Consuelo’s father-in-law also had a brother by the name of Harry Kendall Thaw (left).  Harry was the black sheep of the family, having attended Western University (the future University of Pittsburgh) and Harvard with little distinction, unless you count his expulsion from the latter institution as noteworthy.  Mentally unstable and a drug abuser, Harry really, really liked women, particularly showgirls – though he treated them very, very badly.  This led to an infatuation with a transplanted Pittsburgher and Broadway chorus girl (and Gibson Girl) named Evelyn Nesbit. 

Harry pursued Evelyn (right), against the protestations of his family.  Evelyn enabled the pursuit, against the advice of her powerful friend and sometimes paramour Stanford White, the famous architect who had designed the second Madison Square Garden.  (As a setting for his lavish libidinous escapades, White had a tower apartment at The Garden which featured numerous mirrors.  He had another “love nest” that showcased a red velvet swing.)  By this time, White had moved on to other conquests but appears to have maintained a fatherly relationship with Evelyn.  Evelyn moved on to the actor John Barrymore and Harry Thaw.  After a stormy continental courtship, Evelyn and Harry were married on April 4, 1905.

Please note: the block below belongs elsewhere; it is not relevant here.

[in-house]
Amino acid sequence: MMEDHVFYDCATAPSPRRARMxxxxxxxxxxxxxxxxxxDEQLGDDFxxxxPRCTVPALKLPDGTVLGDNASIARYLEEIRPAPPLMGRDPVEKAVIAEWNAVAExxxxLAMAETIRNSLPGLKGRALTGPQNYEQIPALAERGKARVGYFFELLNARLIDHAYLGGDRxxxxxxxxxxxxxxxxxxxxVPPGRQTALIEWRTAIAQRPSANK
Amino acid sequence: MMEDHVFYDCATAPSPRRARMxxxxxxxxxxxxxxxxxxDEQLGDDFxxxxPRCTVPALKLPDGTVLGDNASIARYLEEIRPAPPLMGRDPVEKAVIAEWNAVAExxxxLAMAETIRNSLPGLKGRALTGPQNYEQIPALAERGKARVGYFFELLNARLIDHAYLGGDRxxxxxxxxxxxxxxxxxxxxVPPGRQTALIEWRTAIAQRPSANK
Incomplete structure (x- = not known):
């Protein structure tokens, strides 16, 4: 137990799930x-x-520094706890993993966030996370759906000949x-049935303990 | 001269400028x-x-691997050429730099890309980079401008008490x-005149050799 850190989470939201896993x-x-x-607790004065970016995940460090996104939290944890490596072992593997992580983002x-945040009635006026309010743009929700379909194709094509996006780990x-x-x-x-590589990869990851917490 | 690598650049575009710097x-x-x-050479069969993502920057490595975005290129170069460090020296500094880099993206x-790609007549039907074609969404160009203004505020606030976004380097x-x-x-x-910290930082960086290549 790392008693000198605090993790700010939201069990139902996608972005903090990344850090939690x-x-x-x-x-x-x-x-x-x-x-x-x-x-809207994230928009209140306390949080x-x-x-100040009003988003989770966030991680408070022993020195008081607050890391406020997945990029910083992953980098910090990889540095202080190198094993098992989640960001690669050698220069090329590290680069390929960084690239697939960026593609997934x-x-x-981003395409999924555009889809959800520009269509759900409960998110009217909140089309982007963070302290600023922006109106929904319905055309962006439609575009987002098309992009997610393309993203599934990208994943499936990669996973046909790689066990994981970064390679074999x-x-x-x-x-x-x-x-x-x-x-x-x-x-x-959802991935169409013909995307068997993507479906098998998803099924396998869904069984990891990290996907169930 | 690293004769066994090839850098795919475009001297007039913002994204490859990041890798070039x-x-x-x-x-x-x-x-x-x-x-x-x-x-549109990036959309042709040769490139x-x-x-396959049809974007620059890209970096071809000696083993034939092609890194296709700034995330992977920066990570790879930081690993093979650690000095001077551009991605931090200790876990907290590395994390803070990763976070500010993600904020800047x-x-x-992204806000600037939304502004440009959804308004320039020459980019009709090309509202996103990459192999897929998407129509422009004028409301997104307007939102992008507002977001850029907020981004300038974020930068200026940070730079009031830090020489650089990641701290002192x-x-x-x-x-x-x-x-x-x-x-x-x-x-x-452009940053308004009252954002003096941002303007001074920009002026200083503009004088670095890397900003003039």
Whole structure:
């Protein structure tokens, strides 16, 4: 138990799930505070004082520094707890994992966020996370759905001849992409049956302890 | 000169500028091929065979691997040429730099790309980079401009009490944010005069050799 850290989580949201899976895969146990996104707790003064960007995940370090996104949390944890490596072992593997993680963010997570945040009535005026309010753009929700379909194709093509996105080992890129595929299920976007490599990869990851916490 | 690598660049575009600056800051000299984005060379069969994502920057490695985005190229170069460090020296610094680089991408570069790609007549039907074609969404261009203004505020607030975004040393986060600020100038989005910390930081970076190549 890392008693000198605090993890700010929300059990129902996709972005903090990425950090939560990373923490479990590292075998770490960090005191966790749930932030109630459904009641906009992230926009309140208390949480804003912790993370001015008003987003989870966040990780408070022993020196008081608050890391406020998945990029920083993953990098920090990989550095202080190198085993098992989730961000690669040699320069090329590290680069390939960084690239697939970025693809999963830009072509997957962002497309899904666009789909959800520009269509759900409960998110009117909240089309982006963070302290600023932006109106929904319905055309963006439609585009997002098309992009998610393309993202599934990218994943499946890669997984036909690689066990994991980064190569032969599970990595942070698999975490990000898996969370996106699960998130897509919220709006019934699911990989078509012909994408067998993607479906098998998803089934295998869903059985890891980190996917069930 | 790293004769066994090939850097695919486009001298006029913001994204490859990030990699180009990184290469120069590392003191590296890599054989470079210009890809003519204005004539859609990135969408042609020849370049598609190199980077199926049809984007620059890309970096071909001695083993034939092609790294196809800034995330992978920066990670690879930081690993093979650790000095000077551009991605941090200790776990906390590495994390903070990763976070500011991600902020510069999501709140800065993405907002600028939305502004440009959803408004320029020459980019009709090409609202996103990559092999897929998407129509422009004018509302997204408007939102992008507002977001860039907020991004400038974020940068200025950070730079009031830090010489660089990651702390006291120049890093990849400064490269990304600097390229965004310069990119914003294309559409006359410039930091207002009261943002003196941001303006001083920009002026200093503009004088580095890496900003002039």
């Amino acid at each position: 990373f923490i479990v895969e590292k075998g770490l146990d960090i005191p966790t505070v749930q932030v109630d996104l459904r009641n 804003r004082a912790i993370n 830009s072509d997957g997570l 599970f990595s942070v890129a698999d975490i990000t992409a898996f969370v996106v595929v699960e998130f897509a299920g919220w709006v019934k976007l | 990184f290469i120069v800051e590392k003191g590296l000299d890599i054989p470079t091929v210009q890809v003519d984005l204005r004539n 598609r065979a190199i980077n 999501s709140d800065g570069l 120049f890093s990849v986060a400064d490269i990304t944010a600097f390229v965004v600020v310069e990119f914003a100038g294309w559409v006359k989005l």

Apparently Evelyn’s past physical relationship with White (left) ate at Thaw, and either out of rage over that past or suspicions of an ongoing affair on June 25, 1906, in the rooftop theater of Madison Square Garden, Harry K. Thaw fired three pistol shots into the face of Stanford White, killing him instantly, to the tune of I Could Love a Million Girls.  The typical high profile socialite New York murder trial ensued.  Thaw was committed to an asylum, but was judged sane and set free by 1915.  Read about the murder & trial here and here.  Listen to a PBS American Experience clip here.